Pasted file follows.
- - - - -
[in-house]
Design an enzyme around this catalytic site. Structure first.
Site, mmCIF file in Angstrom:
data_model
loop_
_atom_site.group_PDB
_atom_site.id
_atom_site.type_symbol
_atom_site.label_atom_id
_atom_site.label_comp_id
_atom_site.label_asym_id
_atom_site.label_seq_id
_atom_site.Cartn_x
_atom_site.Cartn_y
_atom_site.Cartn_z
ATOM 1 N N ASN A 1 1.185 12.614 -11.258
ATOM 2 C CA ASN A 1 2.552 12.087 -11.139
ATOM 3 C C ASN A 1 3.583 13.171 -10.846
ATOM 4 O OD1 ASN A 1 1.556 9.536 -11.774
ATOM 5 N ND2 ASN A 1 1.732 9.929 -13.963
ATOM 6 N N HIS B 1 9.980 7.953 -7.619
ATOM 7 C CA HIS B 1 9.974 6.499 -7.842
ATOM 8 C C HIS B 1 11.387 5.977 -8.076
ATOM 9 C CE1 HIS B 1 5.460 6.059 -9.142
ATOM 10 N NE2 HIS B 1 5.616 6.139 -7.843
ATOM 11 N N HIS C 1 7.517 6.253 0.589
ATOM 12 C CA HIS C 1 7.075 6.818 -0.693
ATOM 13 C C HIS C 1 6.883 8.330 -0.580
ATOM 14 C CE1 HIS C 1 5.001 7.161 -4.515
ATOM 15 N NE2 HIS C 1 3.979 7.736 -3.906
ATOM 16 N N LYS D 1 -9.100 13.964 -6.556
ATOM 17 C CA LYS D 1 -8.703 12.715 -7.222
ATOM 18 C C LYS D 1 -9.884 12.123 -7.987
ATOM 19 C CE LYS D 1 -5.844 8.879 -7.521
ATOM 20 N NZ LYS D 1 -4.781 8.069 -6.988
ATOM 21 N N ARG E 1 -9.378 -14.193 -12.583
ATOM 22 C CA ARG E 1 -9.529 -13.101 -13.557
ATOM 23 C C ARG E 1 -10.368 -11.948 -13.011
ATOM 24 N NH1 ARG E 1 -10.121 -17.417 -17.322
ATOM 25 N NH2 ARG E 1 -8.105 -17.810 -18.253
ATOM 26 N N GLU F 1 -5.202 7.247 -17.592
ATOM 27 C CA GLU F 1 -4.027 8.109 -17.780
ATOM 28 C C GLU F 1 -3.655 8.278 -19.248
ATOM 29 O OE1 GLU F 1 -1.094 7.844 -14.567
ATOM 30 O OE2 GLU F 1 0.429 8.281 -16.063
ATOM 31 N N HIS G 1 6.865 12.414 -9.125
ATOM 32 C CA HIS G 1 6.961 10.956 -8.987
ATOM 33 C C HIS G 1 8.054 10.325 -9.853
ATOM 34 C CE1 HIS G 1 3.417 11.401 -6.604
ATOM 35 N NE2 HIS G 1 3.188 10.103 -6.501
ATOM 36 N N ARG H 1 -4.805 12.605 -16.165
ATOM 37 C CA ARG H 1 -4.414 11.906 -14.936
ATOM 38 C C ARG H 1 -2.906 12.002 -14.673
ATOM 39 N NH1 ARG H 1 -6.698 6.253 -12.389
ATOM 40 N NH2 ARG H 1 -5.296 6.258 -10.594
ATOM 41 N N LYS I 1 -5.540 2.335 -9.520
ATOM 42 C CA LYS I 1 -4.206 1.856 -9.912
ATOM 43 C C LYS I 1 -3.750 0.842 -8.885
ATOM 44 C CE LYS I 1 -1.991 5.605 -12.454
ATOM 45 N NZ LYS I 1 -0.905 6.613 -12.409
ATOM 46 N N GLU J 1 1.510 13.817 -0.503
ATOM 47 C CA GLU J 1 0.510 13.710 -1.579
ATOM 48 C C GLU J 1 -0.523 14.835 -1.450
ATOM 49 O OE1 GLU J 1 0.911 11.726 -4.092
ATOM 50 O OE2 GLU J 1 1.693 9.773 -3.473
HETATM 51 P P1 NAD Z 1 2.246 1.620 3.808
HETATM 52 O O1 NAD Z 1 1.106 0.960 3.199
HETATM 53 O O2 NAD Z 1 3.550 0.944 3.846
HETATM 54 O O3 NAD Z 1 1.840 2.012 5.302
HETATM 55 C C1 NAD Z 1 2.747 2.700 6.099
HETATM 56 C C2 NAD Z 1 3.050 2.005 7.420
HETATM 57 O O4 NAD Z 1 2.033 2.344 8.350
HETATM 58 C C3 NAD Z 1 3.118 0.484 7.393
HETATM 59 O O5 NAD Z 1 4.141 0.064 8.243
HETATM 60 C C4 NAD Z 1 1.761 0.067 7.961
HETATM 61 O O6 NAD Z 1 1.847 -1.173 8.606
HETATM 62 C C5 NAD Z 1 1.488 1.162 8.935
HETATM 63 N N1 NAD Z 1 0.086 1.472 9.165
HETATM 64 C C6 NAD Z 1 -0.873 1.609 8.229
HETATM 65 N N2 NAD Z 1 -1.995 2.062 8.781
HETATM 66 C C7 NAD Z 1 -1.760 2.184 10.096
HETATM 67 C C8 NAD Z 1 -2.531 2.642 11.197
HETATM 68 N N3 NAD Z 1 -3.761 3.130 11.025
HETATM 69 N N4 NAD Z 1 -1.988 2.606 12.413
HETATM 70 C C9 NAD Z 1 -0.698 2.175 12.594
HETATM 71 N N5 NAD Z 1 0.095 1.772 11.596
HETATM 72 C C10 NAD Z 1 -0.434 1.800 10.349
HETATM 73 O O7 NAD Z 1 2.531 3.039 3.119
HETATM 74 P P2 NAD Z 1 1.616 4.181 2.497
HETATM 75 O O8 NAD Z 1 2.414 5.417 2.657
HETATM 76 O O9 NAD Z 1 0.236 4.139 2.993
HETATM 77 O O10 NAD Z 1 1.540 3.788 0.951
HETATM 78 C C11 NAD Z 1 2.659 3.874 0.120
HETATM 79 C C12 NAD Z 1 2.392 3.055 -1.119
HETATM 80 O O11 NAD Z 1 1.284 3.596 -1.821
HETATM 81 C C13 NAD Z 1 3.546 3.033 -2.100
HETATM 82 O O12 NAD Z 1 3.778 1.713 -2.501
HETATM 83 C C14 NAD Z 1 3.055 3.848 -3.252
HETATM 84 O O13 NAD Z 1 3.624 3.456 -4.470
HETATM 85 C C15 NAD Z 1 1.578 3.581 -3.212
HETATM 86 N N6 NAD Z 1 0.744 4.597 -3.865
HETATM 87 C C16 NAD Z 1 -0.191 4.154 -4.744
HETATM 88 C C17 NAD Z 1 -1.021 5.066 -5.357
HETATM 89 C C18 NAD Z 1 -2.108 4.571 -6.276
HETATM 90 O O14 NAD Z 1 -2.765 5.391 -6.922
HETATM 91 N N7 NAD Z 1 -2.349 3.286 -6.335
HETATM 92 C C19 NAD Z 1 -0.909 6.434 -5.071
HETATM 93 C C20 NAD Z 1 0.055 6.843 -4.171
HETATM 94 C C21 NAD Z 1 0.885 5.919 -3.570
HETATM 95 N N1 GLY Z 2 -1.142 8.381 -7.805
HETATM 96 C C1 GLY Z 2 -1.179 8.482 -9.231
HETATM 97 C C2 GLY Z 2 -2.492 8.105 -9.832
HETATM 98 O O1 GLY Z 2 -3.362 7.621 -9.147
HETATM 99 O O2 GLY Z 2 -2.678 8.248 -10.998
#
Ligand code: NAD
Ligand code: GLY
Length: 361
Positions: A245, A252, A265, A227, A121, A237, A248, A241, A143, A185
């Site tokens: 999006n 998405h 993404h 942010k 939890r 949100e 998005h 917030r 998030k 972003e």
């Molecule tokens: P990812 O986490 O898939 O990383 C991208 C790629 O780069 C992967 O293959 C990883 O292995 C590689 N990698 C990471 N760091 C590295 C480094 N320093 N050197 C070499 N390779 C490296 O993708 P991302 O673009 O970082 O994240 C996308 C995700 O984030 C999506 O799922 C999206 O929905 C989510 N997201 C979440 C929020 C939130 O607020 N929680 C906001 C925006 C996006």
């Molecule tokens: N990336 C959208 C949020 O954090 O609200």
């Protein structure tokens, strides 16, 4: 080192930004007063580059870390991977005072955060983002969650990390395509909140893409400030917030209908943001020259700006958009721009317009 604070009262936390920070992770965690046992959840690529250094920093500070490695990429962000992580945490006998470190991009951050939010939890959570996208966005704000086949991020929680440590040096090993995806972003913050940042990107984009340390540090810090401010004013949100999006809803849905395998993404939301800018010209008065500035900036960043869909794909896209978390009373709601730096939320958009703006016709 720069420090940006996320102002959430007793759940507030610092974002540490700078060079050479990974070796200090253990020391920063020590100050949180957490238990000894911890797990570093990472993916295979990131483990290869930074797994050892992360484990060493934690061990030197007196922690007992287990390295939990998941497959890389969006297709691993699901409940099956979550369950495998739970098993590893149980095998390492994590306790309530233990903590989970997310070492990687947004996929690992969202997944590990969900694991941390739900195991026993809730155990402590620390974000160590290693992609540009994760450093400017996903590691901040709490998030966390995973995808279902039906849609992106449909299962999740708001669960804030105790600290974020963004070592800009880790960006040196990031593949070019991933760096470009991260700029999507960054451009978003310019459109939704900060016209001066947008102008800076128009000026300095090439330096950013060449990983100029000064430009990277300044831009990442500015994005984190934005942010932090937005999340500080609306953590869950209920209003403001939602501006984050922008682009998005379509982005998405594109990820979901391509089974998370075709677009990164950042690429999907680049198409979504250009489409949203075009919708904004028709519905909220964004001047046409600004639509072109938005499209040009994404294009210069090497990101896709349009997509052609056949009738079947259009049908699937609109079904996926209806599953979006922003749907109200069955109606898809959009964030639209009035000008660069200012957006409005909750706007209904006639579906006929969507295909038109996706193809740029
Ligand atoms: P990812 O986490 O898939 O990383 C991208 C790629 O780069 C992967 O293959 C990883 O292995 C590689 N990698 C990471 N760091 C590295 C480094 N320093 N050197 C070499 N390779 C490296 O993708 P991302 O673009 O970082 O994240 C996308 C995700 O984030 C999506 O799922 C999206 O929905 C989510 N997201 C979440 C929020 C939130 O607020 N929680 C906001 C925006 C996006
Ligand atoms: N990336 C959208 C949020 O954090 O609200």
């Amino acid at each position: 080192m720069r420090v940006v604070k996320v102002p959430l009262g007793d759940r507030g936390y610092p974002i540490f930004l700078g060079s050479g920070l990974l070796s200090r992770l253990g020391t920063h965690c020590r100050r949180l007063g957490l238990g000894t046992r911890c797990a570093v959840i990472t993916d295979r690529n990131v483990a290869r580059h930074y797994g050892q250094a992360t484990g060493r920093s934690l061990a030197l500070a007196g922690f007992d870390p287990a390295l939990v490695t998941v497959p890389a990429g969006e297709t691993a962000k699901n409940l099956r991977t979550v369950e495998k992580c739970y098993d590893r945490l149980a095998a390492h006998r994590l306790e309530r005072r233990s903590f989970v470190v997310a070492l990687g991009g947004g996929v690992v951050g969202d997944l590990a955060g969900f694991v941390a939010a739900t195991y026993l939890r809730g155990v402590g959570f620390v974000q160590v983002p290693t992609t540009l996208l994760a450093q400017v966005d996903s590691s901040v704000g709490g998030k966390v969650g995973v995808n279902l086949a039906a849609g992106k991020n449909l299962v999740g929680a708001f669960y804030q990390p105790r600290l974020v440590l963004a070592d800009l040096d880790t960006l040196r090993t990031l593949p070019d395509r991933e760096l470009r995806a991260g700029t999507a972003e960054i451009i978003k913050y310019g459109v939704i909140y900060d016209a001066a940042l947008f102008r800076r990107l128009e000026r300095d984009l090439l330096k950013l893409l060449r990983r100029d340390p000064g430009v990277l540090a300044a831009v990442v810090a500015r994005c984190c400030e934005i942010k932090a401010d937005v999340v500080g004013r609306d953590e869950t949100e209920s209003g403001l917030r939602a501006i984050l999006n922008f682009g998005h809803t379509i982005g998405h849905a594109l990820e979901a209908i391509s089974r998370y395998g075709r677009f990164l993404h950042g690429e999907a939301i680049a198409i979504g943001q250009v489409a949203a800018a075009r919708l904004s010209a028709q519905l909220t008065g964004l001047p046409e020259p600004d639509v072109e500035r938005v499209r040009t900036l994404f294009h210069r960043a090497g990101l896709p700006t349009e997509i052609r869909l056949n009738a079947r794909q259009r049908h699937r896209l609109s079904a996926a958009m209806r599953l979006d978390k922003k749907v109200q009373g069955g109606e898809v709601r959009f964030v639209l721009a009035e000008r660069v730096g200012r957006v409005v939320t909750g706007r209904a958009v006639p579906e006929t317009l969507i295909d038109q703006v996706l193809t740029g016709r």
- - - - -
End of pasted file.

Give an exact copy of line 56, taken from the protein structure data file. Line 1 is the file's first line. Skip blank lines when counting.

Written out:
ATOM 41 N N LYS I 1 -5.540 2.335 -9.520